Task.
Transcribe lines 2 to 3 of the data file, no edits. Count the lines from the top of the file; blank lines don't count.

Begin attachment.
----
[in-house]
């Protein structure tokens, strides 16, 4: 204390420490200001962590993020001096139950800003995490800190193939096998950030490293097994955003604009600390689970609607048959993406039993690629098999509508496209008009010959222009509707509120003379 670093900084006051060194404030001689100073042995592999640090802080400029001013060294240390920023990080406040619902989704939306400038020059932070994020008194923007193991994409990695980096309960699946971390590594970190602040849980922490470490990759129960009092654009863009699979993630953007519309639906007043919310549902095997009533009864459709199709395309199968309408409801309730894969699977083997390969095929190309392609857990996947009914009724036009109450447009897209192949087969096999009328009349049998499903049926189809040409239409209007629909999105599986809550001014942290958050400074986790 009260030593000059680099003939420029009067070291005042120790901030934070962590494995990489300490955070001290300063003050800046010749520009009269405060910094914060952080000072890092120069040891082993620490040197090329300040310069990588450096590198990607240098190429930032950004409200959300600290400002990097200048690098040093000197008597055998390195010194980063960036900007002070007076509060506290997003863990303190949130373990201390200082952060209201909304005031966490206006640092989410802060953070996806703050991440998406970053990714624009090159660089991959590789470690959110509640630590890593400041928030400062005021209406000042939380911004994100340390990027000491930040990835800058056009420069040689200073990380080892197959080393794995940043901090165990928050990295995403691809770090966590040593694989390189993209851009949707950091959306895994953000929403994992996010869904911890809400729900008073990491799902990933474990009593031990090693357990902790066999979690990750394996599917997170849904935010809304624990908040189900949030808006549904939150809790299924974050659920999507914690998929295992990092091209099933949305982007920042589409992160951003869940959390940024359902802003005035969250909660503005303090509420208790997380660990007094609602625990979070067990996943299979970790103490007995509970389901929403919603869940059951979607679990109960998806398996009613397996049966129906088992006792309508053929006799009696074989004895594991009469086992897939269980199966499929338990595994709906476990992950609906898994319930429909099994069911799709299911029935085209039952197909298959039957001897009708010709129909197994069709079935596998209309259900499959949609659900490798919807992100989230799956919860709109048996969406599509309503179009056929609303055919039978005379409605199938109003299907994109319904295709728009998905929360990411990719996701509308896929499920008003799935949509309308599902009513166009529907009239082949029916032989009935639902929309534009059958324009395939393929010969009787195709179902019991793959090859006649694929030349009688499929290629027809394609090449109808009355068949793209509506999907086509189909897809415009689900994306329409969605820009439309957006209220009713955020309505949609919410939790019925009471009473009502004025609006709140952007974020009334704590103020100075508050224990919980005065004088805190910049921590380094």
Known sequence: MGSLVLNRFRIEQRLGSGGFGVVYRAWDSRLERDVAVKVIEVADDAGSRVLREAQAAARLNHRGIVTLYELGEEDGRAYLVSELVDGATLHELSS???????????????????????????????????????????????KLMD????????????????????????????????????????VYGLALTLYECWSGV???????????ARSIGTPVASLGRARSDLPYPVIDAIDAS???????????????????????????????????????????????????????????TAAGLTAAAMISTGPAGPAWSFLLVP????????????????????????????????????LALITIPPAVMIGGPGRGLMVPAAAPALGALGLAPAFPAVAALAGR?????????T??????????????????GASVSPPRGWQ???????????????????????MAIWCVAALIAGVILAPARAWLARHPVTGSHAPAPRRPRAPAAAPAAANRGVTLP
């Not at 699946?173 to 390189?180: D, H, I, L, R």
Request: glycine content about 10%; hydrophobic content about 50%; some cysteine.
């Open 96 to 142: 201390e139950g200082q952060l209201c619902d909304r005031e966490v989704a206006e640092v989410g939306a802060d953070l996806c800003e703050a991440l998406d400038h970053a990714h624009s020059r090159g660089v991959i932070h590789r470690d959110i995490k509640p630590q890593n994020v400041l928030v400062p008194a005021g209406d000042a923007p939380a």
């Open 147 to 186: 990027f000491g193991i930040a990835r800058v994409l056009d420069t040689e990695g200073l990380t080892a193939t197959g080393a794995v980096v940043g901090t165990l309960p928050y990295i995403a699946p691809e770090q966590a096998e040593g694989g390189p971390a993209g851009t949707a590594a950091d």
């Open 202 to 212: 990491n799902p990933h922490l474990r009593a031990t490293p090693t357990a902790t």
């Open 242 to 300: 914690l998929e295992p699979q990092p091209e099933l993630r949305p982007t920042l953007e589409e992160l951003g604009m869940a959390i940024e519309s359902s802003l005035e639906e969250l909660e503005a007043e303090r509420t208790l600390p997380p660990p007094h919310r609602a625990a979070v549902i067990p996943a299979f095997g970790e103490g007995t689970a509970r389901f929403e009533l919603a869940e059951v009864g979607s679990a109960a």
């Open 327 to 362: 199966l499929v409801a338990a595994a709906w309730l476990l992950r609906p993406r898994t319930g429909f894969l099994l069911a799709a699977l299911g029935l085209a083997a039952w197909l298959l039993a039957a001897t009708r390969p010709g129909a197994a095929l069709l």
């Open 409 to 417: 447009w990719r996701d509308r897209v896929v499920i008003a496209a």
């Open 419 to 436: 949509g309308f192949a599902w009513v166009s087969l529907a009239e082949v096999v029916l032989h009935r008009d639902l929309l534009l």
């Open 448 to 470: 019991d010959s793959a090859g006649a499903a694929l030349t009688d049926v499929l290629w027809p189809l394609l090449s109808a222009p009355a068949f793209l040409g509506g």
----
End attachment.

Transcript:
């Protein structure tokens, strides 16, 4: 204390420490200001962590993020001096139950800003995490800190193939096998950030490293097994955003604009600390689970609607048959993406039993690629098999509508496209008009010959222009509707509120003379 670093900084006051060194404030001689100073042995592999640090802080400029001013060294240390920023990080406040619902989704939306400038020059932070994020008194923007193991994409990695980096309960699946971390590594970190602040849980922490470490990759129960009092654009863009699979993630953007519309639906007043919310549902095997009533009864459709199709395309199968309408409801309730894969699977083997390969095929190309392609857990996947009914009724036009109450447009897209192949087969096999009328009349049998499903049926189809040409239409209007629909999105599986809550001014942290958050400074986790 009260030593000059680099003939420029009067070291005042120790901030934070962590494995990489300490955070001290300063003050800046010749520009009269405060910094914060952080000072890092120069040891082993620490040197090329300040310069990588450096590198990607240098190429930032950004409200959300600290400002990097200048690098040093000197008597055998390195010194980063960036900007002070007076509060506290997003863990303190949130373990201390200082952060209201909304005031966490206006640092989410802060953070996806703050991440998406970053990714624009090159660089991959590789470690959110509640630590890593400041928030400062005021209406000042939380911004994100340390990027000491930040990835800058056009420069040689200073990380080892197959080393794995940043901090165990928050990295995403691809770090966590040593694989390189993209851009949707950091959306895994953000929403994992996010869904911890809400729900008073990491799902990933474990009593031990090693357990902790066999979690990750394996599917997170849904935010809304624990908040189900949030808006549904939150809790299924974050659920999507914690998929295992990092091209099933949305982007920042589409992160951003869940959390940024359902802003005035969250909660503005303090509420208790997380660990007094609602625990979070067990996943299979970790103490007995509970389901929403919603869940059951979607679990109960998806398996009613397996049966129906088992006792309508053929006799009696074989004895594991009469086992897939269980199966499929338990595994709906476990992950609906898994319930429909099994069911799709299911029935085209039952197909298959039957001897009708010709129909197994069709079935596998209309259900499959949609659900490798919807992100989230799956919860709109048996969406599509309503179009056929609303055919039978005379409605199938109003299907994109319904295709728009998905929360990411990719996701509308896929499920008003799935949509309308599902009513166009529907009239082949029916032989009935639902929309534009059958324009395939393929010969009787195709179902019991793959090859006649694929030349009688499929290629027809394609090449109808009355068949793209509506999907086509189909897809415009689900994306329409969605820009439309957006209220009713955020309505949609919410939790019925009471009473009502004025609006709140952007974020009334704590103020100075508050224990919980005065004088805190910049921590380094």
Known sequence: MGSLVLNRFRIEQRLGSGGFGVVYRAWDSRLERDVAVKVIEVADDAGSRVLREAQAAARLNHRGIVTLYELGEEDGRAYLVSELVDGATLHELSS???????????????????????????????????????????????KLMD????????????????????????????????????????VYGLALTLYECWSGV???????????ARSIGTPVASLGRARSDLPYPVIDAIDAS???????????????????????????????????????????????????????????TAAGLTAAAMISTGPAGPAWSFLLVP????????????????????????????????????LALITIPPAVMIGGPGRGLMVPAAAPALGALGLAPAFPAVAALAGR?????????T??????????????????GASVSPPRGWQ???????????????????????MAIWCVAALIAGVILAPARAWLARHPVTGSHAPAPRRPRAPAAAPAAANRGVTLP